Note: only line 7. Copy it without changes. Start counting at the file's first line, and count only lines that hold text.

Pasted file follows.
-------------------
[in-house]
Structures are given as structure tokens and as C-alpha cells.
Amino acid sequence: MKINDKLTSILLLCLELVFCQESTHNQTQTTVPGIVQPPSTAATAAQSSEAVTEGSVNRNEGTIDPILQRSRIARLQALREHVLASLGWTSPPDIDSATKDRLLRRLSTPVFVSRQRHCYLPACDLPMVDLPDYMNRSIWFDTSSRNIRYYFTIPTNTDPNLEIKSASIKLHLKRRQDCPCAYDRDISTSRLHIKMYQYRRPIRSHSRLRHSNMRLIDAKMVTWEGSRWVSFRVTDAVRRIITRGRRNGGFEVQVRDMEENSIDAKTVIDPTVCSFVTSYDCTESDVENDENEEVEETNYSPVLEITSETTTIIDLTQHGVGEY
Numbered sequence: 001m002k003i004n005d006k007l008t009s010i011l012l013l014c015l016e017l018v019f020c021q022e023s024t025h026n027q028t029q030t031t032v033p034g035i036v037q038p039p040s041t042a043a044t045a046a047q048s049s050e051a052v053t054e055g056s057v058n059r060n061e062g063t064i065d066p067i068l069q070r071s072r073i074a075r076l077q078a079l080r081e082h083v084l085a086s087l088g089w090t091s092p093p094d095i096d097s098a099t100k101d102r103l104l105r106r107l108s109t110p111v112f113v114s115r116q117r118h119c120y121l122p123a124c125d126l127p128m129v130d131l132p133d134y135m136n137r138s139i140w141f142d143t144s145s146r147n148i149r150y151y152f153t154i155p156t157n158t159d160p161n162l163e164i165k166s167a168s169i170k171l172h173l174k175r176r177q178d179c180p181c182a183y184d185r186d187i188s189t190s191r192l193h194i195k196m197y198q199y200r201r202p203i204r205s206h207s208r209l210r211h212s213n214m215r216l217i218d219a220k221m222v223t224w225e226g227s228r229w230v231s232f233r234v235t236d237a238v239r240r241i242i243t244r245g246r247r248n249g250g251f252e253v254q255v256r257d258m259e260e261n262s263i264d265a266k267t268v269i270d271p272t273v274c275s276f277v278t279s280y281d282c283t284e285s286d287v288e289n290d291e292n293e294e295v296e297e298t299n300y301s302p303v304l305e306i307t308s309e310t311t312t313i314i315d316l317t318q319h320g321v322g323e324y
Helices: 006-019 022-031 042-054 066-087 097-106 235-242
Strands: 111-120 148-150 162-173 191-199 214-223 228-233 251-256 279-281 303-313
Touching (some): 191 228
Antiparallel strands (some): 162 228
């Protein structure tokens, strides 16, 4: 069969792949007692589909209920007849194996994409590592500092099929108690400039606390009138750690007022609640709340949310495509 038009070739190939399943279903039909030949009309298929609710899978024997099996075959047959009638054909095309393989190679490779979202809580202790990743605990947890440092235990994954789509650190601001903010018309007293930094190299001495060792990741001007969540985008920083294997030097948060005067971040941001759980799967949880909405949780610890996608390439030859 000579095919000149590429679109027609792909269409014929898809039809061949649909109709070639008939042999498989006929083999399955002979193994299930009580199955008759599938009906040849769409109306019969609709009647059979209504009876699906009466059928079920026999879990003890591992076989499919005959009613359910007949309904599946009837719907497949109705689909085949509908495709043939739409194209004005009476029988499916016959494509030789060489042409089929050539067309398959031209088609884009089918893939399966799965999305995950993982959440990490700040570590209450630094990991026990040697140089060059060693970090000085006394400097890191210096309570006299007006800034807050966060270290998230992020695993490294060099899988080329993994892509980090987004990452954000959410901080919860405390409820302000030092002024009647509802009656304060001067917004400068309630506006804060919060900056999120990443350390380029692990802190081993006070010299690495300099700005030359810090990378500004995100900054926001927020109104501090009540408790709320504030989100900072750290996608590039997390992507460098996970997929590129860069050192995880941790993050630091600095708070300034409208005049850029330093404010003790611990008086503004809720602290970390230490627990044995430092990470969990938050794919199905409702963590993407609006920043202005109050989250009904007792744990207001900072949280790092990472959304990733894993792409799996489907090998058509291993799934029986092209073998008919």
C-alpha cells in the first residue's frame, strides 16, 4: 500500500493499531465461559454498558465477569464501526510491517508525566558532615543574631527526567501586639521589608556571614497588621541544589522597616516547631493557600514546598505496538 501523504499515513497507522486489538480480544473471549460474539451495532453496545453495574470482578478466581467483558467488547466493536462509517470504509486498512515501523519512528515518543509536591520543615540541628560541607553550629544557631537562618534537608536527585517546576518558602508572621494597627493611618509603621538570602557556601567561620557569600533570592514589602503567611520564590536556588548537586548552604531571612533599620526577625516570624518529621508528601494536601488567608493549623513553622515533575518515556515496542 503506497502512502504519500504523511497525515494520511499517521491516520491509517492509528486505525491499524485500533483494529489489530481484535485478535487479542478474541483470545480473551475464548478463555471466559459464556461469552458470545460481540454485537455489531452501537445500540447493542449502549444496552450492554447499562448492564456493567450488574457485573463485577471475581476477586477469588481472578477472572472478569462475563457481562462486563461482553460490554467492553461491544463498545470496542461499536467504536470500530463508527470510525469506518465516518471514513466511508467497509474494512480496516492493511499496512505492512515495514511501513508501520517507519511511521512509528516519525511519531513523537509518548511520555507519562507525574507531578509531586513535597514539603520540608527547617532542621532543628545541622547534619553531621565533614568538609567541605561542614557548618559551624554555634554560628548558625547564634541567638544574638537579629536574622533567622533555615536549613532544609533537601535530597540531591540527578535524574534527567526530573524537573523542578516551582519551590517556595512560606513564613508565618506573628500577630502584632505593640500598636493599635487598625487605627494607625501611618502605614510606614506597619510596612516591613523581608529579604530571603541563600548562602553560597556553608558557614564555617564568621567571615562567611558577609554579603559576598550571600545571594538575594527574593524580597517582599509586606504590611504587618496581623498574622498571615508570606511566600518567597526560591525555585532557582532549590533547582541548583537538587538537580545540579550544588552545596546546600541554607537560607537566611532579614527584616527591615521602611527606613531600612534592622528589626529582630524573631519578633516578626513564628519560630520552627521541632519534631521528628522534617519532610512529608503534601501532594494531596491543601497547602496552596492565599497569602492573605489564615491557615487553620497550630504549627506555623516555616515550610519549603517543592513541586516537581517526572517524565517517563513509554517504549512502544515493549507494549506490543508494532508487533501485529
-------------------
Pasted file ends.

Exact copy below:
Touching (some): 191 228